CS 194-26 ~ Project #4 ~ Face Morphing

Matthew Sie : cs194-26-aep

Part 1a: Mid-way Image

The Mid-way Image was computed by first defining correspondence points between the two input images. Then, the mean of the two point sets, or the midway shape, was calculated so that the Delaunay triangulation could be computed. Using this triangulation, the transformation matrix between each corresponding triangle of the two input images and the midway image was calculated. Using the inverse of these transformation matrices, we were able to iterate over all the pixels, find the corresponding pixel value in both input images, and average the rgb values to get the new value.

Part 1b: Morph Sequence

The Morph Sequence was a sequence of 45 frames from input image one to input image two. The same algorithm of morphing as in the previous part was used. However, instead of calculating the mean of the two point sets and the average of the pixel values, we implemented weights to gradually get closer to the target image each frame. The weights were incremented for each frame, so that the values of the target image points and pixel values would be more and more weighted each frame, or iteration. All of the frames were compiled together into a GIF.

Part 2: Mean Face of a Population

Part 2a: Morph Faces to Average Shape

Using the IMM Face Database from the Danes website (http://www2.imm.dtu.dk/~aam/datasets/datasets.html) and the included annotated keypoints, we computed the average shape over 9 images of male subjects. We then morphed each image into the average shape using a similar morphing method as used in the parts above, except instead of averaging pixel values, we just use the pixel value from the original image, as we are only morphing to the shape.

--------------------- Original ------------------------------------------------------------------------------------------------------------- Morphed ---------------------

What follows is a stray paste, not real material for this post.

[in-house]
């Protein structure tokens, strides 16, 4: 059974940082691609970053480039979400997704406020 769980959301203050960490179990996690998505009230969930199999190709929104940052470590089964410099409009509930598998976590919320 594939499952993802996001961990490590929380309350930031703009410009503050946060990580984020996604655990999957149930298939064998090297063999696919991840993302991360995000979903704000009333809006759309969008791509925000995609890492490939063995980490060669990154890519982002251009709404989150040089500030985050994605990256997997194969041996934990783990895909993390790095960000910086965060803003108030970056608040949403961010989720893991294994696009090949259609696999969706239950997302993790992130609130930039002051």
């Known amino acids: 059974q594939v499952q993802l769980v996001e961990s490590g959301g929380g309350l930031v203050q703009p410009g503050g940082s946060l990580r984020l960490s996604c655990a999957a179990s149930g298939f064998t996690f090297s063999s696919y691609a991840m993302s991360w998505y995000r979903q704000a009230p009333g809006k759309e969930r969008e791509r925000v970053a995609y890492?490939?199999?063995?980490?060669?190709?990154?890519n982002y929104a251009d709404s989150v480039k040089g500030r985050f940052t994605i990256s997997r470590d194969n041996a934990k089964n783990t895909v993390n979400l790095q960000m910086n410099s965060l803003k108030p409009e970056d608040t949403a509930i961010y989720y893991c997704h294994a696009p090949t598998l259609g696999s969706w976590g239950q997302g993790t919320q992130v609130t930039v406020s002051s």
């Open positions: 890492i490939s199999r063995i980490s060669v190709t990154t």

Part 2b: Compute the Average Face

Again, we morphed each of the 9 images to the average shape using the same morphing algorithm. This time, however, we also averaged the pixel rgb values in order to get an average cross-dissolved image.

Part 2c: My Face versus Average Face

For this part, using the average face image computed above, we defined a new set of correspondence points between that image and the original image of my face (resized to match the dimensions of the average face). Using these correspondence points and new triangulation, we completed used a similar morphing technique as above to morph the image of my face into the shape of the average face, and vice versa.

Part 3: Caricatures

For this part, we used the morphing method constructed earlier in the project. In order to accentuate features of the original image, however, we use a negative warp_frac instead of a positive one. I created four different caricatures to observe the affect of the warp_frac value, incrementing by -0.25 each time.

----------------- warp_frac = -0.25 ---------------------------------------- warp_frac = -0.50 ---------------------------------------- warp_frac = -0.75 ---------------------------------------- warp_frac = -1.0 -----------------

Part Bells & Whistles: Change Gender

For this part, I obtained an image of a "average female" image. Again, I established new correspondence points between this image and the image of my face (again, resized to match). I then used the morph function to create three version of the morphed image of me changing genders: one in which my face matches the shape of the "average female" image, one in which my face just does a simple cross-dissolve with the "average female" image, and one that does a full, complete morph of both shape and appearance (cross-dissolve).